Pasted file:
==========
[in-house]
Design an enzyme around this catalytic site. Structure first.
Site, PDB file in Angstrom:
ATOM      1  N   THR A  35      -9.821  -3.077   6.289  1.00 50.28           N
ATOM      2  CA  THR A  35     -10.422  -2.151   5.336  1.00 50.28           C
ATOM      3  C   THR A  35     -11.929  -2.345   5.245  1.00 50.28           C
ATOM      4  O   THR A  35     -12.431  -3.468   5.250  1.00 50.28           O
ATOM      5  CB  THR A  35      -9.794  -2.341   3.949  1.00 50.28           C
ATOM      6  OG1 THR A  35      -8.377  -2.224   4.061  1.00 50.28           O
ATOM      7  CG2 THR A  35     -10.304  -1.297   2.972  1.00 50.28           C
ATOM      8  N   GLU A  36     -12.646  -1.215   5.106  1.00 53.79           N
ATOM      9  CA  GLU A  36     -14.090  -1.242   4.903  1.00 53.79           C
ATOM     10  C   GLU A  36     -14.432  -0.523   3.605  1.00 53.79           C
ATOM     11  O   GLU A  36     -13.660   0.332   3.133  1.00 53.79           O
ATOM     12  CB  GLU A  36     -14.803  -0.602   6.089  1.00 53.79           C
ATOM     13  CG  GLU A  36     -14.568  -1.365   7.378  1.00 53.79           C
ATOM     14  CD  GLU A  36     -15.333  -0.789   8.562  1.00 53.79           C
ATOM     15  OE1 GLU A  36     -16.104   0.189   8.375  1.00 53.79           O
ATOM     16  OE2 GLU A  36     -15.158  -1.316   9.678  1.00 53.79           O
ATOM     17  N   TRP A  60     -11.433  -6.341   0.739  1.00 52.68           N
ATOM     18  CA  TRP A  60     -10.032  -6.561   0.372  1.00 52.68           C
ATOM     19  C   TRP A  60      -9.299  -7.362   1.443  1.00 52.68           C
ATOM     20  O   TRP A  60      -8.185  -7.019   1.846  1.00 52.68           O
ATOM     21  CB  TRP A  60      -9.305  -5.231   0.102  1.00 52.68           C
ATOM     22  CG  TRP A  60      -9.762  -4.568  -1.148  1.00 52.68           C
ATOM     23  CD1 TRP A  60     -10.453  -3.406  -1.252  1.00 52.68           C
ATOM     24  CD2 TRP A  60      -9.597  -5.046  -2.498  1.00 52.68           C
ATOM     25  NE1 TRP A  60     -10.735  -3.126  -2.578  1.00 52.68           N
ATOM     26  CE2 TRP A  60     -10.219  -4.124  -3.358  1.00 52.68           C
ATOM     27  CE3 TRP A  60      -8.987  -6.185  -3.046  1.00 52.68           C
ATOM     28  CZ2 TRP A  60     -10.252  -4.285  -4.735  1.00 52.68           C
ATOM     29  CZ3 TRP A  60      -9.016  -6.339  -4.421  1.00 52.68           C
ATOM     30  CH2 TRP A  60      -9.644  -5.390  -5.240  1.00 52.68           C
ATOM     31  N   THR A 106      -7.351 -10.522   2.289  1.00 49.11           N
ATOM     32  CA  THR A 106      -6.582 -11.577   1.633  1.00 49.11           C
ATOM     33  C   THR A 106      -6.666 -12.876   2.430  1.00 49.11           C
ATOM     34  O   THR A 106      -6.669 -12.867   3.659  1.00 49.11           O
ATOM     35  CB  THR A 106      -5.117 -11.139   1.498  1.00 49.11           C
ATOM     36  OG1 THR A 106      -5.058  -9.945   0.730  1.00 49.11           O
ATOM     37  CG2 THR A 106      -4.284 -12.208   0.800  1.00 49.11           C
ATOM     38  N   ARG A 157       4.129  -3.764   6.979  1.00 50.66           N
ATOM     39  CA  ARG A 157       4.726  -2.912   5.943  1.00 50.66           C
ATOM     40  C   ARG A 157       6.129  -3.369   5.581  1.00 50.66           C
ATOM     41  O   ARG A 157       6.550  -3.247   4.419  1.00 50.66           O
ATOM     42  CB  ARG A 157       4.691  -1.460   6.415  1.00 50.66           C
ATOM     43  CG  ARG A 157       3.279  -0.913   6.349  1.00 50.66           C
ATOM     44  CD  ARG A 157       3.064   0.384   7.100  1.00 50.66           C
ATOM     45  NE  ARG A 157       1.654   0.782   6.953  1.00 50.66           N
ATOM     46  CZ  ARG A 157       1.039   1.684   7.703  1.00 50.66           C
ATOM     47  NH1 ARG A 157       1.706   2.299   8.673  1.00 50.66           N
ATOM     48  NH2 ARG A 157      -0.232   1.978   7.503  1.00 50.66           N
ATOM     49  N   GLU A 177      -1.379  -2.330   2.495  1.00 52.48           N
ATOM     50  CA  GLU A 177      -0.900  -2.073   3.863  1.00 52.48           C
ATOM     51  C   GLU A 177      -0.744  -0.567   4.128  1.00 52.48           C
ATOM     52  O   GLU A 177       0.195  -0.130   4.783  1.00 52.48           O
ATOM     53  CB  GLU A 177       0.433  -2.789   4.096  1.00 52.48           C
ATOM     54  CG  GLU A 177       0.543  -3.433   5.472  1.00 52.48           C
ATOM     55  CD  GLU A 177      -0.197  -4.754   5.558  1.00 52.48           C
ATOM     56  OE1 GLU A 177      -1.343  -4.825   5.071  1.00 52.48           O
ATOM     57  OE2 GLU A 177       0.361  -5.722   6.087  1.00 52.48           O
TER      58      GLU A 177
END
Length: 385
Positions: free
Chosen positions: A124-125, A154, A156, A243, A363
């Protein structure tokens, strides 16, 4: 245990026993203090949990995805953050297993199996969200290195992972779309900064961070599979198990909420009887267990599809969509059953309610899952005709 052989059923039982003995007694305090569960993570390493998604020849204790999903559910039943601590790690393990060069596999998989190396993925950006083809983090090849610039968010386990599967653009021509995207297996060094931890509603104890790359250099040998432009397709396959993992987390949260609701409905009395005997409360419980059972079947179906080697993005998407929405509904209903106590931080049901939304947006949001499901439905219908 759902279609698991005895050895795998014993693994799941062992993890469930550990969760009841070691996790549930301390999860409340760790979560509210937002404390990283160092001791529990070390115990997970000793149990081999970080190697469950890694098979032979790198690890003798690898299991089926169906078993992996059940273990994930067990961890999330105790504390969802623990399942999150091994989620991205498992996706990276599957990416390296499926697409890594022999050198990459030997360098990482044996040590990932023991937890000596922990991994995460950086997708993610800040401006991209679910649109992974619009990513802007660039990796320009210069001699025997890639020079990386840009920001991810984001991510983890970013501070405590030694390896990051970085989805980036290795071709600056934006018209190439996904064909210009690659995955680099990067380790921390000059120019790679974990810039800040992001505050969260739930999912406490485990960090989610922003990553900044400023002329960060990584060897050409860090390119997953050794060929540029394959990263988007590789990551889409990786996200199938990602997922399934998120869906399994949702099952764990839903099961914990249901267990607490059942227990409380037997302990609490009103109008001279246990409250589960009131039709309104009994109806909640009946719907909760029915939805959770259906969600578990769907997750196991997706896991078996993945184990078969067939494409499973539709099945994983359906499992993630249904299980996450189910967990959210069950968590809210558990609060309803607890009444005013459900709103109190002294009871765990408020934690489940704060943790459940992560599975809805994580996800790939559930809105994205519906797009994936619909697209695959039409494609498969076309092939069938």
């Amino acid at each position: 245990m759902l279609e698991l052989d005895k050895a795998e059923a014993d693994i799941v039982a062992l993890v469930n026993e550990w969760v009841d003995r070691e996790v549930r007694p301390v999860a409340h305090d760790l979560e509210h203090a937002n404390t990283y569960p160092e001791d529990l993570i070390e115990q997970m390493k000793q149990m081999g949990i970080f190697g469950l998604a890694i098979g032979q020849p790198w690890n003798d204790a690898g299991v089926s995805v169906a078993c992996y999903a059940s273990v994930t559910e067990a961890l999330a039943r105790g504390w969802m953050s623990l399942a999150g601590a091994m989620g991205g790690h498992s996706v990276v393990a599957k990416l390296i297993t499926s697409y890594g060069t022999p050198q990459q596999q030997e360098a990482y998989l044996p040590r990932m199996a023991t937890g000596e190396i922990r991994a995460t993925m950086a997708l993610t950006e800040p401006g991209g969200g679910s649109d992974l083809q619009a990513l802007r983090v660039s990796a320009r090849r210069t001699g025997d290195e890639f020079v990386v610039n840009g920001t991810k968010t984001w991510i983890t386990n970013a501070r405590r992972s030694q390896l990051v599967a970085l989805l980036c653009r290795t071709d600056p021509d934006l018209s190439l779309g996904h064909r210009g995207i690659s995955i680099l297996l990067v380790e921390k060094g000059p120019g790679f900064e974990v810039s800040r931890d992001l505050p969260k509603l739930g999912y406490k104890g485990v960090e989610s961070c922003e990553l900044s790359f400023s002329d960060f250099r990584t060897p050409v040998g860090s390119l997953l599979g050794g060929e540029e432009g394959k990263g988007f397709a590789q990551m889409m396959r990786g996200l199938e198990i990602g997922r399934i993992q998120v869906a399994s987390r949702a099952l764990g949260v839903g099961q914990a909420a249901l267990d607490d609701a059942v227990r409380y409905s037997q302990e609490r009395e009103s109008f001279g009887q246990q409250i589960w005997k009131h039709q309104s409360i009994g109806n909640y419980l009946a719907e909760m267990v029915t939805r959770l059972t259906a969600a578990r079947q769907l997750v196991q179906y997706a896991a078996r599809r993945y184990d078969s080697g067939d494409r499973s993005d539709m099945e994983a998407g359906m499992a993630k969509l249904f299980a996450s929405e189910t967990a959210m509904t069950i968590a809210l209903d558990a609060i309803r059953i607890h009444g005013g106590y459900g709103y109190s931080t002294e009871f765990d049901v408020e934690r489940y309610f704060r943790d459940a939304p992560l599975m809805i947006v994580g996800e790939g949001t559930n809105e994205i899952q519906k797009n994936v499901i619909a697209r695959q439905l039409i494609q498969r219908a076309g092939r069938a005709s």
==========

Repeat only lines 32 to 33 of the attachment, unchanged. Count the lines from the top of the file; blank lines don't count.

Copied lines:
ATOM     29  CZ3 TRP A  60      -9.016  -6.339  -4.421  1.00 52.68           C
ATOM     30  CH2 TRP A  60      -9.644  -5.390  -5.240  1.00 52.68           C